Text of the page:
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Towards the Equivalence of Breaking the DiffieHellman Protocol and Computing Discrete Logarithms
, 1994
"... Let G be an arbitrary cyclic group with generator g and order jGj with known factorization. G could be the subgroup generated by g within a larger group H. Based on an assumption about the existence of smooth numbers in short intervals, we prove that breaking the DiffieHellman protocol for G and ..."
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Cited by 69 (6 self)
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Let G be an arbitrary cyclic group with generator g and order jGj with known factorization. G could be the subgroup generated by g within a larger group H. Based on an assumption about the existence of smooth numbers in short intervals, we prove that breaking the DiffieHellman protocol for G and base g is equivalent to computing discrete logarithms in G to the base g when a certain side information string S of length 2 log jGj is given, where S depends only on jGj but not on the definition of G and appears to be of no help for computing discrete logarithms in G. If every prime factor p of jGj is such that one of a list of expressions in p, including p \Gamma 1 and p + 1, is smooth for an appropriate smoothness bound, then S can efficiently be constructed and therefore breaking the DiffieHellman protocol is equivalent to computing discrete logarithms.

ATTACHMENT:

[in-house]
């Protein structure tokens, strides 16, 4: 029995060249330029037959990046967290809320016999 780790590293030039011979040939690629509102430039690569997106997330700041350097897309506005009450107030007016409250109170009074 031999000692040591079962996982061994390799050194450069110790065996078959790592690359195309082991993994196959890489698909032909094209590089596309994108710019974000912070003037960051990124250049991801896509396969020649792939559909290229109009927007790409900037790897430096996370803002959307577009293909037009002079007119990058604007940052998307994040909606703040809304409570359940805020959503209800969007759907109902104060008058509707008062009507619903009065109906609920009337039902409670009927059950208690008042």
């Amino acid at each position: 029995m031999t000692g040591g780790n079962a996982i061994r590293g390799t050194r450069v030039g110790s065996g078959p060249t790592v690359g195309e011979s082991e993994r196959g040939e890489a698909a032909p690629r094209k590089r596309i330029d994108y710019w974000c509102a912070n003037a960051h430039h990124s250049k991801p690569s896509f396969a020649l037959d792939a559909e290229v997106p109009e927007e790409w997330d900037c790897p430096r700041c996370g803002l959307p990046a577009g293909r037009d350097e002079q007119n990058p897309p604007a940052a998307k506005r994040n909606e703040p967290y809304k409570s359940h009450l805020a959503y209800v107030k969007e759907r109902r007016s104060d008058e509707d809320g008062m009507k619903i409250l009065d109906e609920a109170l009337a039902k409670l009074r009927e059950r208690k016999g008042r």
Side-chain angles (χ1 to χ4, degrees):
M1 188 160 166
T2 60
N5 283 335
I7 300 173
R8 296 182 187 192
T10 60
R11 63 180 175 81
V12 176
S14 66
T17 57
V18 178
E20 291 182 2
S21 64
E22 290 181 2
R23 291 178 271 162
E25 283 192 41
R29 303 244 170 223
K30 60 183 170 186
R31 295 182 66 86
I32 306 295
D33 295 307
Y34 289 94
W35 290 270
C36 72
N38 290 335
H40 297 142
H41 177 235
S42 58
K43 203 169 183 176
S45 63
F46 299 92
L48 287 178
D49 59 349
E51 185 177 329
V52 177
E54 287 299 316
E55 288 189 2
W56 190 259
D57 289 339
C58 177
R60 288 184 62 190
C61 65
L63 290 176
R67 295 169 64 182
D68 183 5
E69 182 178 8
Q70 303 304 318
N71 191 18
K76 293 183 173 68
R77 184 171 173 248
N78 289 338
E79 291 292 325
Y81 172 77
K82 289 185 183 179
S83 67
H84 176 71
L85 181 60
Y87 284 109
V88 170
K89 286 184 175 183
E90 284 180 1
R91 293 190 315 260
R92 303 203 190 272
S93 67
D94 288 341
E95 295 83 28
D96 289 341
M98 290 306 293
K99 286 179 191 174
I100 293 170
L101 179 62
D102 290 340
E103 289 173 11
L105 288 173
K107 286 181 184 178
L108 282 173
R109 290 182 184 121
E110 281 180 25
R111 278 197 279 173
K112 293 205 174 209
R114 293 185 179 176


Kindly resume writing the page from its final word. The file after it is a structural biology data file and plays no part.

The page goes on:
Discrete logarithms in gf(p) using the number field sieve
 SIAM J. Discrete Math
, 1993
"... Recently, several algorithms using number field sieves have been given to factor a number n in heuristic expected time Ln[1/3; c], where Ln[v; c] = exp{(c + o(1))(log n) v (log log n) 1−v}, for n → ∞. In this paper we present an algorithm to solve the discrete logarithm problem for GF (p) with heur ..."
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Cited by 65 (1 self)
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Recently, several algorithms using number field sieves have been given to factor a number n in heuristic expected time Ln[1/3; c], where Ln[v; c] = exp{(c + o(1))(log n) v (log log n) 1−v}, for n → ∞. In this paper we present an algorithm to solve the discrete logarithm problem for GF (p) with heuristic expected running time Lp[1/3; 3 2/3]. For numbers of a special form, there is an asymptotically slower but more practical version of the algorithm.
The Relationship Between Breaking the DiffieHellman Protocol and Computing Discrete Logarithms
, 1998
"... Both uniform and nonuniform results concerning the security of the DiffieHellman keyexchange protocol are proved. First, it is shown that in a cyclic group G of order jGj = Q p e i i , where all the multiple prime factors of jGj are polynomial in log jGj, there exists an algorithm that re ..."
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Cited by 37 (3 self)